Judge Landry

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Judge Landry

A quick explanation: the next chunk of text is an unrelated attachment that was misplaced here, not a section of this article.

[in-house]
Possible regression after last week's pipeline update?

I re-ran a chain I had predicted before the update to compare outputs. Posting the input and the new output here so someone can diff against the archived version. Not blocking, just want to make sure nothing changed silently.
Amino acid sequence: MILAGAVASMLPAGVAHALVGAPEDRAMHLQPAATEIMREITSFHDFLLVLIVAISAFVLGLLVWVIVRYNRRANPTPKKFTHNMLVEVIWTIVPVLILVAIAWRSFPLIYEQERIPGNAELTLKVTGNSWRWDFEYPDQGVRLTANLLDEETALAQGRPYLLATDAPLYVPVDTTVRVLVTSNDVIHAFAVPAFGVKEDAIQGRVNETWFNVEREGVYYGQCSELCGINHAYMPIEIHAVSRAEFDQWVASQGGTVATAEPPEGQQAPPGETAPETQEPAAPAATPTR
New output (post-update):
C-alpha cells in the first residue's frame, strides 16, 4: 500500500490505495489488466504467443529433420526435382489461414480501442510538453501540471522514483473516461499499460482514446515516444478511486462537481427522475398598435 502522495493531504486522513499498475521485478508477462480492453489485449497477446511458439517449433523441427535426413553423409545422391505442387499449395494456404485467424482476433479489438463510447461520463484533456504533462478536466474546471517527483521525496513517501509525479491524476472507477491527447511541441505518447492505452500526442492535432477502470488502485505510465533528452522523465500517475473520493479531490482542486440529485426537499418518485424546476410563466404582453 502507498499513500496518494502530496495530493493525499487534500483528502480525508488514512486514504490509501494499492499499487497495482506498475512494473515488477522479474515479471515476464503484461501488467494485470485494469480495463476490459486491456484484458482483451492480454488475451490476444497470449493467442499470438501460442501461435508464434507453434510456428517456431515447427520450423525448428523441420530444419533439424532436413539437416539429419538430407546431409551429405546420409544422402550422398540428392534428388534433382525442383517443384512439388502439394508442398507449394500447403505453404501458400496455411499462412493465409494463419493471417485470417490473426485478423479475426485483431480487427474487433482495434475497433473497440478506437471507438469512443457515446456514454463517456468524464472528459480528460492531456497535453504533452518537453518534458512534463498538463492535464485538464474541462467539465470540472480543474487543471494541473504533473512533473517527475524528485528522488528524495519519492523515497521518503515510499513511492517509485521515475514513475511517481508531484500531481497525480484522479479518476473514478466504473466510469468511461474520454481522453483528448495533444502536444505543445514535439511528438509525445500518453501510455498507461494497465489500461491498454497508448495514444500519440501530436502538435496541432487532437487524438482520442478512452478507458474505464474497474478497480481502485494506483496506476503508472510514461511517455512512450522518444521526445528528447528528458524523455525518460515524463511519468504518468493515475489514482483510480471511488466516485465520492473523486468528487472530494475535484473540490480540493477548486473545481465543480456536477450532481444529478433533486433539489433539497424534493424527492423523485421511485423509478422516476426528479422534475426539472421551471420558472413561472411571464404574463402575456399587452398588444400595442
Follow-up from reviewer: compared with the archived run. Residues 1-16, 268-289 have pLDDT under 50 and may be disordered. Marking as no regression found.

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JUDGE LANDRY here delivered an address in French. He paid a glowing tribute to the grand Christian spirit of the late Father Lefebvre. He urged all to do what they possibly could towards the completion of this grand work and the liquidation of the debt on the building. He wanted St. Joseph’s elevated, he wanted it to be one of the grandest educational institutions of the country. He thought all should help in building an eternal souvenir to the founder of St. Joseph’s college at Memramcook. Speaking in English he urged his hearers to contribute what little they can afford to help in furthering this grand work. DR. INCH, Chief Superintendent of Education was next introduced. He said it afforded him great pleasure to have some part, however humble, in the proceedings of this historic day. It had been his privilege to be acquainted in some degree with the professors of St. Joseph’s college, almost from its beginning. Dr. Inch here referred to the necessity of teachers being conversant with the French language. He had frequently to look to old St. Joseph’s for a teacher to teach in some exclusively French district as well as sometimes mixed districts. He thought it a matter of very great necessity that those aspiring for the teaching profession should acquaint themselves with both languages. He thanked the fathers for their hearty and willing assistance to him when he required it. Whether in institutions or connected with public affairs, education is a work that should be encouraged. It is praiseworthy he said to perpetuate the memory of a good man by perpetuating the work to which he consecrated his life. He was pleased to listen to the ex-Rector of Laval, that grand historic university of Quebec, and he trusted that St. Joseph’s College would be for New Brunswick what St. François Xavier is for Nova Scotia, and Laval in Quebec. DR. BELLIVAU, of Shediac, one of the Alumni here delivered a forcible address. He referred, in French, to Father Lefebvre in a very fitting and touching manner as a man deserving of the gratitude, love and esteem of all classes. He pointed out how the deceased father had practically resurrected the French language and customs in this province. His grace, energy and determination were equal to the cause he espoused, and to-day his old students are giving a tangible expression of their admiration for him. We are erecting this monument as a guarantee of our love. We cannot conceive all the labors and deprivations he has borne for his students and compatriots. DR. ALLISON, of Mount Allison, was next introduced. He esteemed it as a very great honor to take some little part in the interesting and impressive services of this occasion. He counted himself fortunate in having this opportunity of expressing his personal appreciation of the services to his country of one who rests from his labors, one who though dead speaketh to us in this magnificent building, this educational outfit and through the thousand tongues he has trained to speak eloquently and effectively. He referred to the rapid progress that has been made during his short lifetime by the Acadian people of the Maritime provinces. He always took a deep interest in all that is connected with the French people. The speaker pointed out the great sacrifices made by Father Lefebvre for his people. Mr. Benoit of Arichat, C. B. here spoke a few words both in English and French. He was a French Canadian and he had heard so much about the work of Father Lefebvre that he determined to attend this event. MR. H. A. POWELL, M. P. also referred to the great work done by Rev. Father Lefebvre. Surely Father Lefebvre deserved some recognition for a life spent in elevating his countrymen. In this respect you can find no man to whom more credit is due. Mr. Powell urged his hearers to assist in the building of this grand edifice as a memorial to an illustrious man. HON. H. R. EMMERSON was next introduced. He was very pleased to be present and say a few words on this occasion. He said “Let me tell you my coming here awakens memories of the long ago. I don’t think that I am quite a hundred but it seems to be a good many years ago when I came as a student to St. Joseph s College. Any of you who were here in those long ago days, compare the college then with St. Joseph’s of to-day. You will realize the very great progress that has been made. As a student of this institution it was my proud privilege to be acquainted with the late Father Lefebvre, and I can bear testimony to his worth, to his kindliness of heart, to his gentle smile, known to every student, a smile that went to the heart of every boy in the institution. His work is recognized all over the Dominion. It is recognized by the people of every race and every creed. In conclusion Mr. Emmerson congratulated the promoters of the Memorial. Senator Wood here spoke briefly. During the evening there was a beautiful fireworks display. Both afternoon and evening the college band played choice selections.